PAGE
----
If you have a struggling reader in your classroom, you already know how that student feels about reading anything out loud.
And yet, reading out loud is one of the best ways to improve students’ oral fluency.
For instance, within Imagine Language & Literacy, struggling readers gain confidence as they read and repeat text from leveled books and regularly participate in activities like Fluent Reader. What’s more, when teachers listen back to the recordings, they can easily track student progress toward oral fluency.
But Readers Theater can be another way to engage struggling readers and help them read aloud–with expression.
If all the world’s a stage, then every classroom can be transformed into a theater–in this case, a Readers Theater, which:
So, what makes a good script for Readers Theater–and how can you encourage students’ participatio
When it comes to scripts, remember this basic rule of thumb: always choose fun stories and characters. When students are having a good time imagining a dramatic situation or portraying an interesting character, they will feel less self-conscious about reading aloud.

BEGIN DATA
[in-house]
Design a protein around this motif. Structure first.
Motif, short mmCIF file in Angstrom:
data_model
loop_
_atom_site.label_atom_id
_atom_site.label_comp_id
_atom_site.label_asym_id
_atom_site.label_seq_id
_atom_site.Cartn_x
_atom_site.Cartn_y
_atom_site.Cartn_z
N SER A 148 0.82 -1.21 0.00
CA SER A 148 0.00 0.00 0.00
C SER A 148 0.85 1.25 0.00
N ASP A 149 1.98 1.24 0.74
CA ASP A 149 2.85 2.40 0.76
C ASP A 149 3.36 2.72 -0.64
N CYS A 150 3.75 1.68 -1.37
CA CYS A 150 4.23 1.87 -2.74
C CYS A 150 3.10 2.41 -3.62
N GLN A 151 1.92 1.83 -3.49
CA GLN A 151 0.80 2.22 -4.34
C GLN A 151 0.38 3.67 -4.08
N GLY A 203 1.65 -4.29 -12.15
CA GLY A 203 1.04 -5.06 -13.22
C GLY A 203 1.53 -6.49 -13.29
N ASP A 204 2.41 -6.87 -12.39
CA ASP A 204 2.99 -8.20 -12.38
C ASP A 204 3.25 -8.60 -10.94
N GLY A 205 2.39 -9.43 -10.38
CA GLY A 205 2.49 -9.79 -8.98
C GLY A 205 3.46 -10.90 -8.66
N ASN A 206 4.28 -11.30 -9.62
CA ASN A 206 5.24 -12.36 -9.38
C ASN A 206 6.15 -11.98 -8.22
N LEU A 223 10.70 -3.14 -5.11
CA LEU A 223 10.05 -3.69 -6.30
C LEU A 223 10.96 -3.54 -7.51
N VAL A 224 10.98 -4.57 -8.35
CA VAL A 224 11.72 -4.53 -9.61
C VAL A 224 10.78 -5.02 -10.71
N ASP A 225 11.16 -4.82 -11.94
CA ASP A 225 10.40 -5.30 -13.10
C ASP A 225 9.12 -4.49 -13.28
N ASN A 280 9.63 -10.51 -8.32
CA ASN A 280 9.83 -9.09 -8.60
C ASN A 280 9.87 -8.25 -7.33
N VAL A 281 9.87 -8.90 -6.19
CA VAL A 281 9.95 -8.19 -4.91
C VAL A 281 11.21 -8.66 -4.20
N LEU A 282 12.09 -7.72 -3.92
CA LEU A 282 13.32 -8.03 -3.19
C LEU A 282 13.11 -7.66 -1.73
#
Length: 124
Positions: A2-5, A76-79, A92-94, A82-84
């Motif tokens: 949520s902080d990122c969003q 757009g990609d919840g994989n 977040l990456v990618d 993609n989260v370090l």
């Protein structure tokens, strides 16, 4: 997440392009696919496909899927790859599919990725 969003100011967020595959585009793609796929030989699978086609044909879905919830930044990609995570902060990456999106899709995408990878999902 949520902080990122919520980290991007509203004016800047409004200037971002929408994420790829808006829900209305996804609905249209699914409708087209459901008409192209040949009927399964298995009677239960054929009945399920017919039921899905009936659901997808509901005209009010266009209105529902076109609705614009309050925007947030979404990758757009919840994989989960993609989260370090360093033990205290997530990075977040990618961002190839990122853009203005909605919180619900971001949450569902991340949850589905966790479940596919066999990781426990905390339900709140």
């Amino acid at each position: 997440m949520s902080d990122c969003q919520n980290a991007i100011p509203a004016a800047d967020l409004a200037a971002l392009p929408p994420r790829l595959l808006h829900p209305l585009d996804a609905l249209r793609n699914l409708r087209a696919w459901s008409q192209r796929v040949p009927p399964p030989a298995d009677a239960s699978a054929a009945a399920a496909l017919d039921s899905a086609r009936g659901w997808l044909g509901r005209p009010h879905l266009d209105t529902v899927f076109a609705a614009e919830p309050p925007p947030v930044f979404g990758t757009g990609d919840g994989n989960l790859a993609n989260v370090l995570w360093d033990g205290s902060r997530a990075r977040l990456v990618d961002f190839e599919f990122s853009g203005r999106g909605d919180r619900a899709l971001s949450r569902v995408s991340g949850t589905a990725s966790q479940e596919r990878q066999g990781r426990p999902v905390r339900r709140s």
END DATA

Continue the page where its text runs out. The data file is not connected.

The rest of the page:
If your students already use Imagine Language & Literacy, don’t forget to access the offline resources and printables within the Teacher Resources tab (after logging in as an educator).
Even if you don’t currently use the program, why not get started with one of these great options?
Remember, if you teach English language learners–including those whose first language is Spanish–you may find other fun options within Imagine Español. And–of course–you can even write your own Readers Theater scripts!
The point is, don’t be afraid to start. You’ll also find many Readers Theater scripts via simple online searches. Soon, your class will have a great time ‘learning out loud’!
Do you use Readers Theater as a classroom reading activity? Share your tips with us in the comments below.